Ontario now has more Govt-19 patients in the ICU than ever before

The enrollment of COVID-19 patients in Ontario’s intensive care units (ICUs) is higher than the previous epidemic, a state agency that monitors hospitals said Wednesday, with a further 2,333 cases reported in the province.

According to Critical Care Services Ontario (CCSO), which combines daily internal reports for hospitals and health organizations, there are currently 421 patients in ICUs in the province. That number includes the 32 people admitted on Tuesday, CCSO 46 said after a one-day registration on Monday.

The previous peak of 420 came in mid-January, during the height of the second wave of the epidemic.

According to the latest data, COVID-19 patients require about two weeks of critical care on average.

(You may notice that the ICU figures reported by the CCSO often differ from those in the Ministry of Health. COVID-19 Dashboard. This is because once a patient stops testing positive for the virus, the ministry removes them from its number, even if the patient is under critical care with complications. Therefore, the number of CCSOs is considered to be the most accurate calculation of the condition of hospitals.)

Watch | Medical experts discuss Ontario’s third wave of COVID-19:

Premier Duck Ford said he would not hesitate to “lock things up” as the number of COVID-19 cases increased and hospitals across Ontario were preparing for more capacity. But some health care providers say the province’s third-wave outbreak could be worse than a second, and they are urging people to stay home as Easter approaches. Jessica NG has the story. 1:56

Hospital officials expect the number of COVID-19 patients in the ICU to continue to rise to today’s record as new cases are increasing daily in recent days.

Anthony Dale, president of the Ontario Hospitals Association, said: “The situation is very serious.” Our critical care system in Ontario is not structured for such a major accident. ”

Dale paralyzed the condition of provincial hospitals with a plane crashing into the ground.

“Right now, the flight crew is advising passengers on the best way to protect themselves and be prepared for the impact,” he said in an interview.

“That’s what our health care system is trying to do right now: be prepared for the impact and make sure people who need access to life-saving care have the maximum probability of getting it.”

The increase in ICU admissions is largely driven by the prevalence of anxiety types in the province. Ontario’s COVID-19 Scientific Advisory Schedule, a panel of experts advising the government on its epidemiology, currently accounts for 69 percent of variants in new epidemics.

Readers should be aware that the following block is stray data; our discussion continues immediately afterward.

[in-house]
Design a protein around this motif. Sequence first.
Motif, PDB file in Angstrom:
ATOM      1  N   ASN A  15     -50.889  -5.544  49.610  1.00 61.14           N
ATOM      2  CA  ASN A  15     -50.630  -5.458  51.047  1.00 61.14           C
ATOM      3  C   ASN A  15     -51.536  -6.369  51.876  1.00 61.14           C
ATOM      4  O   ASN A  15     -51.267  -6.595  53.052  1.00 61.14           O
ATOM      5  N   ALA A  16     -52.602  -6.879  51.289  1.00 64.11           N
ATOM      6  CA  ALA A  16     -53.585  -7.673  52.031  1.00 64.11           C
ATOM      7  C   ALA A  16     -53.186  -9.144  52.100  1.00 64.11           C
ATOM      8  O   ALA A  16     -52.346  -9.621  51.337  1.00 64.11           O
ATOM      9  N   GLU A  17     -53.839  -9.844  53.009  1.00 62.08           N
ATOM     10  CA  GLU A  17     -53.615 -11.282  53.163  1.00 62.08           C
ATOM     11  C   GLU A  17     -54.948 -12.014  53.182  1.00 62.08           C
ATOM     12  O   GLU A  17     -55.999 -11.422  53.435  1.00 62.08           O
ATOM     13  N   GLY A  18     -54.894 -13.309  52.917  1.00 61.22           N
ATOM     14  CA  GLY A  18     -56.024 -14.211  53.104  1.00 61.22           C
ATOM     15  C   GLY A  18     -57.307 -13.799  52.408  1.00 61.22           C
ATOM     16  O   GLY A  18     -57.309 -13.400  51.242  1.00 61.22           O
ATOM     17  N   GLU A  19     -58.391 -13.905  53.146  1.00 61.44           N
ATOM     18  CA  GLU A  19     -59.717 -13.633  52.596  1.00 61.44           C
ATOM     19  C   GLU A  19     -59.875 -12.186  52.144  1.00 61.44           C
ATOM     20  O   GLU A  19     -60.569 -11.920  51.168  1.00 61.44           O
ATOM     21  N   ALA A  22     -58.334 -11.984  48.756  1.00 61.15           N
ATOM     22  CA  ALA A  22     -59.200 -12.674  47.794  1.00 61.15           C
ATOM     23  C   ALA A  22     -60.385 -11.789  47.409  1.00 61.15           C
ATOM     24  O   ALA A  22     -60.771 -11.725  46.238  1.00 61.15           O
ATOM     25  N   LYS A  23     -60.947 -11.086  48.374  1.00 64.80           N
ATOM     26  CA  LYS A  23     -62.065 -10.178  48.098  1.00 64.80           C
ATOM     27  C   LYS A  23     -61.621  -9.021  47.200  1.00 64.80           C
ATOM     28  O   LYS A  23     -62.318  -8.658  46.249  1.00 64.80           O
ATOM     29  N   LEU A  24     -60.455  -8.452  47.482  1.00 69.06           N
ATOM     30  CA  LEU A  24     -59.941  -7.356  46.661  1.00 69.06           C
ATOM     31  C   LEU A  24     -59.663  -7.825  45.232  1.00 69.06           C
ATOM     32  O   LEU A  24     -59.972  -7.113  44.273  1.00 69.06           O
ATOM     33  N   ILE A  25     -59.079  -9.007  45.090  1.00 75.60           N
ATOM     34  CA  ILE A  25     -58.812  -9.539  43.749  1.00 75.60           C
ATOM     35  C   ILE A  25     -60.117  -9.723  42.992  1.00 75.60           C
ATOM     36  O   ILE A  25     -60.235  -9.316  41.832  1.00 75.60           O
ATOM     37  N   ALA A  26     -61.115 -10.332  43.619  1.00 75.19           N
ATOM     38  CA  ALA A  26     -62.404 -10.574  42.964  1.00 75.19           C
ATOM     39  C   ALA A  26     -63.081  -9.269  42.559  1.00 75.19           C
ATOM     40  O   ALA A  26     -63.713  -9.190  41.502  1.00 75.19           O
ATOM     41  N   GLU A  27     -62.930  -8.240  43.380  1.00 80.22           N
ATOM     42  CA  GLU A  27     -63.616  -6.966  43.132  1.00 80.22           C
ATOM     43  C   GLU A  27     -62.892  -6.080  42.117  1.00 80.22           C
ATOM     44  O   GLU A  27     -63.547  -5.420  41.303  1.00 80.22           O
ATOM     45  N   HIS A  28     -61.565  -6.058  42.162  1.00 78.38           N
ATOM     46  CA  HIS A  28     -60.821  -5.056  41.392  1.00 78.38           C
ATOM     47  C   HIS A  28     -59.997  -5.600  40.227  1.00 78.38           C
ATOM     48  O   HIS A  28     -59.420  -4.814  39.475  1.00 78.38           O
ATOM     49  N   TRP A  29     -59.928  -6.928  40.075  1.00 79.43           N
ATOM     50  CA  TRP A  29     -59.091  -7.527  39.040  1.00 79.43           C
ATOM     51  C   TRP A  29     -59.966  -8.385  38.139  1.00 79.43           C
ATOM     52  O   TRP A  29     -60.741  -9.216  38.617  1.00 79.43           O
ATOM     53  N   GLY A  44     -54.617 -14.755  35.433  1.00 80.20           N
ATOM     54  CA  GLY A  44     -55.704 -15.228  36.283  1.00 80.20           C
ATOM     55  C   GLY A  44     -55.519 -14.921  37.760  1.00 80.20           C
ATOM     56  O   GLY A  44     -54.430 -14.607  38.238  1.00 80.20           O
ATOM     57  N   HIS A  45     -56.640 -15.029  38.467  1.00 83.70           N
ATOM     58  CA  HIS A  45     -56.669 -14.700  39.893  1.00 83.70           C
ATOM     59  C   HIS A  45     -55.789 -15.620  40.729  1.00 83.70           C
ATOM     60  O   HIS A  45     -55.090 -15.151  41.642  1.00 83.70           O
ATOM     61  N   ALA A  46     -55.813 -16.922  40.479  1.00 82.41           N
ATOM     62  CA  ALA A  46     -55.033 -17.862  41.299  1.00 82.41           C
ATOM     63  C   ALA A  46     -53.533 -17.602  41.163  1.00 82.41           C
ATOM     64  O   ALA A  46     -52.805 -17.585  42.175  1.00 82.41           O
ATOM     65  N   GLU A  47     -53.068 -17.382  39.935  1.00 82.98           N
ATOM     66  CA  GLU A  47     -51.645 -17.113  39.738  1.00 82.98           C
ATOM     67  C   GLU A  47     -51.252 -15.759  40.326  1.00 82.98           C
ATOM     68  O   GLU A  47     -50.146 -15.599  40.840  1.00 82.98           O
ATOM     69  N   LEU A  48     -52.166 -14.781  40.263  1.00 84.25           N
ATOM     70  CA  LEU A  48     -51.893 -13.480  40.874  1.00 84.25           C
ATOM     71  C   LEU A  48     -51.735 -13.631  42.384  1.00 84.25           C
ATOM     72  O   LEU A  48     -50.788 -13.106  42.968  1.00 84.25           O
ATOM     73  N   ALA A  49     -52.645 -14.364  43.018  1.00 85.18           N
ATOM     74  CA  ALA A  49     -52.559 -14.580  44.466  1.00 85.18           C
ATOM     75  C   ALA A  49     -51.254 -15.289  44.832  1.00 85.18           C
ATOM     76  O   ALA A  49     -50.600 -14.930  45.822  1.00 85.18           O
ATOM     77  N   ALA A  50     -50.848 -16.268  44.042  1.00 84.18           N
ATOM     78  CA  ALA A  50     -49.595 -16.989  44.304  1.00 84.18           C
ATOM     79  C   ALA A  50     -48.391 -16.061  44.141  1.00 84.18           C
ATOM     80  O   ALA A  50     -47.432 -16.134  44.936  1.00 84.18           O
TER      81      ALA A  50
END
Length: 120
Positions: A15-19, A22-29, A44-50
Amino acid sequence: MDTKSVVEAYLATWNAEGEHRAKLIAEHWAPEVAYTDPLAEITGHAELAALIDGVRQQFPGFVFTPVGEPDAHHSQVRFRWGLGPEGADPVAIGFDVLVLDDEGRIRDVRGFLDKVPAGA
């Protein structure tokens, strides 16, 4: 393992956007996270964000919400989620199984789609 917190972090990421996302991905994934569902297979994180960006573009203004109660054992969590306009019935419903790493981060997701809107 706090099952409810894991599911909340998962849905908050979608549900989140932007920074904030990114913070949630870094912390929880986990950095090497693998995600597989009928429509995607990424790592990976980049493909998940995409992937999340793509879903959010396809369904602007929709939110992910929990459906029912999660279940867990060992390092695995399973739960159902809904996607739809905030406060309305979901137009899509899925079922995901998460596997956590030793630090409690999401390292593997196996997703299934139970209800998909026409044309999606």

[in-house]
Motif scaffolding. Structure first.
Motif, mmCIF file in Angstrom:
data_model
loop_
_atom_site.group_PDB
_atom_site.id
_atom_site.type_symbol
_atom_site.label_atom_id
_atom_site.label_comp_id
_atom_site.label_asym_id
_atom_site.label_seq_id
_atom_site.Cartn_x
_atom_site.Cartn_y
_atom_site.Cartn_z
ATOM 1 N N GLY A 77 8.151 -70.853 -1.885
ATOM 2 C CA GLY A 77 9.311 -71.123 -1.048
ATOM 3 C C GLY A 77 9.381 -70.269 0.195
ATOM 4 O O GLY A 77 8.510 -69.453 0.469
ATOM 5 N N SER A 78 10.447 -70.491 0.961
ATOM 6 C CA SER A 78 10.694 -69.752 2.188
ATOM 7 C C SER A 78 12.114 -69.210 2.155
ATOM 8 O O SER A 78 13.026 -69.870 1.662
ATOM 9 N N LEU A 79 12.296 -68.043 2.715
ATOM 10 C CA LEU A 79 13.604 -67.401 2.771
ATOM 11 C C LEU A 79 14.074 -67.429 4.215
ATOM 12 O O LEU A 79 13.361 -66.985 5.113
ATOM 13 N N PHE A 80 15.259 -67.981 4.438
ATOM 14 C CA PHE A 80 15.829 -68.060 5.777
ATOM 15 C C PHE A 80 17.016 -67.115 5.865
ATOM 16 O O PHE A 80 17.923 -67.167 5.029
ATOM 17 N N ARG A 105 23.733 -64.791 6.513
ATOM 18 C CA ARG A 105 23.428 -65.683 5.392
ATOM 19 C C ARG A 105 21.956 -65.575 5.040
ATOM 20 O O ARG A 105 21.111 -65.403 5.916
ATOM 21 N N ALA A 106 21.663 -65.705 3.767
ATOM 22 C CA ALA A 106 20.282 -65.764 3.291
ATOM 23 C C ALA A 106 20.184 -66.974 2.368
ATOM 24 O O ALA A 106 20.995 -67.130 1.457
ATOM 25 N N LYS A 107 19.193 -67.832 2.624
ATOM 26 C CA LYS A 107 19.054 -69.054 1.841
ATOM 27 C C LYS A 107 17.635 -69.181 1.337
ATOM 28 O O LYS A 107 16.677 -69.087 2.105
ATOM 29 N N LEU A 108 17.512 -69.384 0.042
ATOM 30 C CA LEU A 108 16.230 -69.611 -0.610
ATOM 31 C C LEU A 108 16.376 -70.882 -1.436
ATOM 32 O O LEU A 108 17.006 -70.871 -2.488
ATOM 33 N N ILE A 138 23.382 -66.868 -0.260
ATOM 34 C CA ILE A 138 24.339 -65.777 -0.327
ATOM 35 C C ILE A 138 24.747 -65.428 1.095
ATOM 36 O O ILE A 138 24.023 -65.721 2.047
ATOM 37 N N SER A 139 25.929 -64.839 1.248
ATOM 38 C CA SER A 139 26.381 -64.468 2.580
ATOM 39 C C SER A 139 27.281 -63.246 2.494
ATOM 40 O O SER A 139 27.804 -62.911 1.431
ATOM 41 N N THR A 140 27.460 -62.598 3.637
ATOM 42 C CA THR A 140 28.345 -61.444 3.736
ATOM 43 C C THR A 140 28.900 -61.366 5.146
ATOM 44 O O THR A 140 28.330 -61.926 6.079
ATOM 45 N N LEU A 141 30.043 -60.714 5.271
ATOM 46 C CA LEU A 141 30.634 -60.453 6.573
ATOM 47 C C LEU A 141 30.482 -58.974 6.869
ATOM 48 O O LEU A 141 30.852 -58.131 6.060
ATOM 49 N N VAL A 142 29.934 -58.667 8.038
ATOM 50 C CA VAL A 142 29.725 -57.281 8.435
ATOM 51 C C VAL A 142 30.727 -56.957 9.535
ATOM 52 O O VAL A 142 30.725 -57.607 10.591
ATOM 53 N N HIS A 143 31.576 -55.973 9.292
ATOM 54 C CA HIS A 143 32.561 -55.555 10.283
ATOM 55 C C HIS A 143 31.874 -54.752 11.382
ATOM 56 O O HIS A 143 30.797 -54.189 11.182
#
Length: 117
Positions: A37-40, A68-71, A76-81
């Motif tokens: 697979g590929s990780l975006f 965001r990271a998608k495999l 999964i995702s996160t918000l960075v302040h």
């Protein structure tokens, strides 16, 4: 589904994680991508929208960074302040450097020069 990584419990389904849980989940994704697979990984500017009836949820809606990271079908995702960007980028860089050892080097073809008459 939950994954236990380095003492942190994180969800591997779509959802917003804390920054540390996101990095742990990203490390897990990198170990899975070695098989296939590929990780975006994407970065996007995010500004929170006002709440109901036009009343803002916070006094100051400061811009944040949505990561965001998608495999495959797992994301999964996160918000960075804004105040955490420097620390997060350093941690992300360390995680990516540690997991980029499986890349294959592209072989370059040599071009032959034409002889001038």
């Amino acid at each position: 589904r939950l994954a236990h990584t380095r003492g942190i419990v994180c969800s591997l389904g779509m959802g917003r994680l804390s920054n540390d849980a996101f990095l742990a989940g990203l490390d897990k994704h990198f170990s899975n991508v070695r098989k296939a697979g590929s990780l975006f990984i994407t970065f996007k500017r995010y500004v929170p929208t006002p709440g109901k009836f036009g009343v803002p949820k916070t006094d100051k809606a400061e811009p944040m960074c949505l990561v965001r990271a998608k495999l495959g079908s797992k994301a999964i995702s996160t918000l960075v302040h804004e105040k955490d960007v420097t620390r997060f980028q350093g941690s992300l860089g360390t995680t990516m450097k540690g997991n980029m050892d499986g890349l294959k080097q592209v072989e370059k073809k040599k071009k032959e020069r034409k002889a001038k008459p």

A The report was released this week, The table found that anxiety types were associated with a 63 percent increase in the risk of hospitalization, a 103 percent increase in the risk of requiring intensive care, and a 56 percent increase in the risk of dying from Covit-19.

When asked about the rising ICU enrollment and daily case numbers, Premier Duck Ford said he was “very concerned” and warned Ontarians against making plans for the upcoming Easter weekend get-together.

Emergency physicians and epidemiologists have repeatedly said that the B117 variant, first detected in the United Kingdom, is more dangerous than the province’s immunization campaign.

On that front, Ontario’s Ministry of Health said yesterday was a record day for vaccinations, with 89,873 shots delivered.

To date, Ontario has received 2,820,495 doses of vaccines from the federal government and delivered 2,192,253 or 77.8 percent of the drugs.

In an email yesterday, the Ford office outlined the current state of the vaccine expectation until the end of April.

Ontario is waiting to deliver the 396,630 Pfizer sizes expected on April 5th; 395,460 dose on April 12; 395,460 dose on April 19 and 396, 970 dose on April 26.

The province is still waiting for a second export of modernna sizes. The first 97,600 doses arrived in the week of March 22, while the second shipment of 225,400 doses expected in the week of March 29 was delayed and is now expected on April 7.

The 7-day average of daily cases rises to 2,316

Meanwhile, there are 785 new cases reported today in Toronto, 433 in Peel, 222 in York, 153 in Hamilton, 124 in Ottawa and 120 in Durham.

The labs completed 52,532 tests for the SARS-CoV-2 virus that causes COVID-19 and recorded a positive test rate of 4.8 percent.

The seven-day average of new daily cases rose to 2,316, the highest point since January 26th.

Public health departments recorded 15 more deaths with COVID-19, raising the official death toll to 7,366.

Sophia Harrison

Part time worker

I'm Sophia Harrison working as a part-time staff at the Costco since the past year until I become as an author at the iron blade, hope I can use my experiences with the supermarkets here.

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